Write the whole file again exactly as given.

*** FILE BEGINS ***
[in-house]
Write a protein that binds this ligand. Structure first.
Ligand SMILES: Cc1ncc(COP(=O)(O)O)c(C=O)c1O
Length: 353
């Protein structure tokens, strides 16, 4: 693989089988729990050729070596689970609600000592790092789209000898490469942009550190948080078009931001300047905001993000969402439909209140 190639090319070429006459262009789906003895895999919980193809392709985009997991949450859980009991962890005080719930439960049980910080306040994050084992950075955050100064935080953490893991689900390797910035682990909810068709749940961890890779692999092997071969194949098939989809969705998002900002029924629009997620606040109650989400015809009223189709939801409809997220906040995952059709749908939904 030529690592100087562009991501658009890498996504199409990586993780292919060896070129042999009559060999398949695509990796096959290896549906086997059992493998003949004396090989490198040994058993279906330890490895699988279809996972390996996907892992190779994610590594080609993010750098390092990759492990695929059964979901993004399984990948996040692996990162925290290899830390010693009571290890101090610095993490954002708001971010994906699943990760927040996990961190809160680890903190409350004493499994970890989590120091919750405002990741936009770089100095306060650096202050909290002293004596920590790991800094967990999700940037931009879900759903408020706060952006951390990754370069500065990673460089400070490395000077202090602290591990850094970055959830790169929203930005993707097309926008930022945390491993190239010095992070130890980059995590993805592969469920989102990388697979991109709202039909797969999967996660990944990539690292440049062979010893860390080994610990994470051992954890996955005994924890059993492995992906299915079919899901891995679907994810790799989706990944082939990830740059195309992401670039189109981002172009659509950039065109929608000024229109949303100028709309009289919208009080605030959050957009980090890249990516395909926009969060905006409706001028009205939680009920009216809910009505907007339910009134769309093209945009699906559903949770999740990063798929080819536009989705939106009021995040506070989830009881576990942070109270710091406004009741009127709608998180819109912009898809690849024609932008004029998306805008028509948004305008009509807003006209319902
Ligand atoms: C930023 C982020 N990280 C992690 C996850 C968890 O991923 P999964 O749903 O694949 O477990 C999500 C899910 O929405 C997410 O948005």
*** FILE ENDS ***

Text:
[in-house]
Write a protein that binds this ligand. Structure first.
Ligand SMILES: Cc1ncc(COP(=O)(O)O)c(C=O)c1O
Length: 353
């Protein structure tokens, strides 16, 4: 693989089988729990050729070596689970609600000592790092789209000898490469942009550190948080078009931001300047905001993000969402439909209140 190639090319070429006459262009789906003895895999919980193809392709985009997991949450859980009991962890005080719930439960049980910080306040994050084992950075955050100064935080953490893991689900390797910035682990909810068709749940961890890779692999092997071969194949098939989809969705998002900002029924629009997620606040109650989400015809009223189709939801409809997220906040995952059709749908939904 030529690592100087562009991501658009890498996504199409990586993780292919060896070129042999009559060999398949695509990796096959290896549906086997059992493998003949004396090989490198040994058993279906330890490895699988279809996972390996996907892992190779994610590594080609993010750098390092990759492990695929059964979901993004399984990948996040692996990162925290290899830390010693009571290890101090610095993490954002708001971010994906699943990760927040996990961190809160680890903190409350004493499994970890989590120091919750405002990741936009770089100095306060650096202050909290002293004596920590790991800094967990999700940037931009879900759903408020706060952006951390990754370069500065990673460089400070490395000077202090602290591990850094970055959830790169929203930005993707097309926008930022945390491993190239010095992070130890980059995590993805592969469920989102990388697979991109709202039909797969999967996660990944990539690292440049062979010893860390080994610990994470051992954890996955005994924890059993492995992906299915079919899901891995679907994810790799989706990944082939990830740059195309992401670039189109981002172009659509950039065109929608000024229109949303100028709309009289919208009080605030959050957009980090890249990516395909926009969060905006409706001028009205939680009920009216809910009505907007339910009134769309093209945009699906559903949770999740990063798929080819536009989705939106009021995040506070989830009881576990942070109270710091406004009741009127709608998180819109912009898809690849024609932008004029998306805008028509948004305008009509807003006209319902
Ligand atoms: C930023 C982020 N990280 C992690 C996850 C968890 O991923 P999964 O749903 O694949 O477990 C999500 C899910 O929405 C997410 O948005």